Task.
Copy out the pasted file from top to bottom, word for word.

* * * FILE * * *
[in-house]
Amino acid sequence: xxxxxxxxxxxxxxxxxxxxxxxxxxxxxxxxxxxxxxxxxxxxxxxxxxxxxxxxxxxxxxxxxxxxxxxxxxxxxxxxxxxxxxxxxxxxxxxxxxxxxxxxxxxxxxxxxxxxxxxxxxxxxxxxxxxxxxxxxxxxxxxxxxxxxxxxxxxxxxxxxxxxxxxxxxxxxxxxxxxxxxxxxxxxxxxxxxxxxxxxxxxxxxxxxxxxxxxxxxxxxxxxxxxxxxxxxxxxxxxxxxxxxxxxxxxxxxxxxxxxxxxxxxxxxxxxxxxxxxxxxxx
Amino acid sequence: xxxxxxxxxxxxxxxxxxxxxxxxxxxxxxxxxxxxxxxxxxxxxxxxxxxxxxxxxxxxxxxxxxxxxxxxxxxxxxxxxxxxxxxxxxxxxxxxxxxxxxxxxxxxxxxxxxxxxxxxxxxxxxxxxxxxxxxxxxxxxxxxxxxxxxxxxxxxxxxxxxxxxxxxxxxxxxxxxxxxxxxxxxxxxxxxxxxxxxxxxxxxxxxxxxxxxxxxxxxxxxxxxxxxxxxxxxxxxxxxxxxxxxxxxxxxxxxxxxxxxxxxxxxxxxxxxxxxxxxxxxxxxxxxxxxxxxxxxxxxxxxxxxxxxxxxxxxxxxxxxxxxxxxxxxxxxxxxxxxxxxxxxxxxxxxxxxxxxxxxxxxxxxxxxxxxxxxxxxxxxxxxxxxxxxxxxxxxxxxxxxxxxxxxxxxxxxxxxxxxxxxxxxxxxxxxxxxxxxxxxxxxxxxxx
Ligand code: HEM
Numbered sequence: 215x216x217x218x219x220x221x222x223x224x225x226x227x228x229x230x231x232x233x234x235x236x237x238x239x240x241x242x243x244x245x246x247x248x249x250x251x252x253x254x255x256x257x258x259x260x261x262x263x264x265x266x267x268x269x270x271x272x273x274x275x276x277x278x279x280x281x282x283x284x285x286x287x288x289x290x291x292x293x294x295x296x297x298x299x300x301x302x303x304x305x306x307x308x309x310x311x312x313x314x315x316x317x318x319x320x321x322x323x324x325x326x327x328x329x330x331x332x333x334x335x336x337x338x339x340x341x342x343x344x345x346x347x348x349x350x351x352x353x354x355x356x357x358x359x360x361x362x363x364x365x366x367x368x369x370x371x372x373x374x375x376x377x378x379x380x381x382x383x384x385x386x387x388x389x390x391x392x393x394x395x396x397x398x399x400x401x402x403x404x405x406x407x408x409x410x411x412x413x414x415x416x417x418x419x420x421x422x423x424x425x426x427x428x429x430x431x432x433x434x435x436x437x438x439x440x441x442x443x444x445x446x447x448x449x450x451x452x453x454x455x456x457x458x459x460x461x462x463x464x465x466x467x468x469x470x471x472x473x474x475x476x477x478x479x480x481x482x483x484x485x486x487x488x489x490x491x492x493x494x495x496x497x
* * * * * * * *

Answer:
[in-house]
Amino acid sequence: xxxxxxxxxxxxxxxxxxxxxxxxxxxxxxxxxxxxxxxxxxxxxxxxxxxxxxxxxxxxxxxxxxxxxxxxxxxxxxxxxxxxxxxxxxxxxxxxxxxxxxxxxxxxxxxxxxxxxxxxxxxxxxxxxxxxxxxxxxxxxxxxxxxxxxxxxxxxxxxxxxxxxxxxxxxxxxxxxxxxxxxxxxxxxxxxxxxxxxxxxxxxxxxxxxxxxxxxxxxxxxxxxxxxxxxxxxxxxxxxxxxxxxxxxxxxxxxxxxxxxxxxxxxxxxxxxxxxxxxxxxx
Amino acid sequence: xxxxxxxxxxxxxxxxxxxxxxxxxxxxxxxxxxxxxxxxxxxxxxxxxxxxxxxxxxxxxxxxxxxxxxxxxxxxxxxxxxxxxxxxxxxxxxxxxxxxxxxxxxxxxxxxxxxxxxxxxxxxxxxxxxxxxxxxxxxxxxxxxxxxxxxxxxxxxxxxxxxxxxxxxxxxxxxxxxxxxxxxxxxxxxxxxxxxxxxxxxxxxxxxxxxxxxxxxxxxxxxxxxxxxxxxxxxxxxxxxxxxxxxxxxxxxxxxxxxxxxxxxxxxxxxxxxxxxxxxxxxxxxxxxxxxxxxxxxxxxxxxxxxxxxxxxxxxxxxxxxxxxxxxxxxxxxxxxxxxxxxxxxxxxxxxxxxxxxxxxxxxxxxxxxxxxxxxxxxxxxxxxxxxxxxxxxxxxxxxxxxxxxxxxxxxxxxxxxxxxxxxxxxxxxxxxxxxxxxxxxxxxxxxx
Ligand code: HEM
Numbered sequence: 215x216x217x218x219x220x221x222x223x224x225x226x227x228x229x230x231x232x233x234x235x236x237x238x239x240x241x242x243x244x245x246x247x248x249x250x251x252x253x254x255x256x257x258x259x260x261x262x263x264x265x266x267x268x269x270x271x272x273x274x275x276x277x278x279x280x281x282x283x284x285x286x287x288x289x290x291x292x293x294x295x296x297x298x299x300x301x302x303x304x305x306x307x308x309x310x311x312x313x314x315x316x317x318x319x320x321x322x323x324x325x326x327x328x329x330x331x332x333x334x335x336x337x338x339x340x341x342x343x344x345x346x347x348x349x350x351x352x353x354x355x356x357x358x359x360x361x362x363x364x365x366x367x368x369x370x371x372x373x374x375x376x377x378x379x380x381x382x383x384x385x386x387x388x389x390x391x392x393x394x395x396x397x398x399x400x401x402x403x404x405x406x407x408x409x410x411x412x413x414x415x416x417x418x419x420x421x422x423x424x425x426x427x428x429x430x431x432x433x434x435x436x437x438x439x440x441x442x443x444x445x446x447x448x449x450x451x452x453x454x455x456x457x458x459x460x461x462x463x464x465x466x467x468x469x470x471x472x473x474x475x476x477x478x479x480x481x482x483x484x485x486x487x488x489x490x491x492x493x494x495x496x497x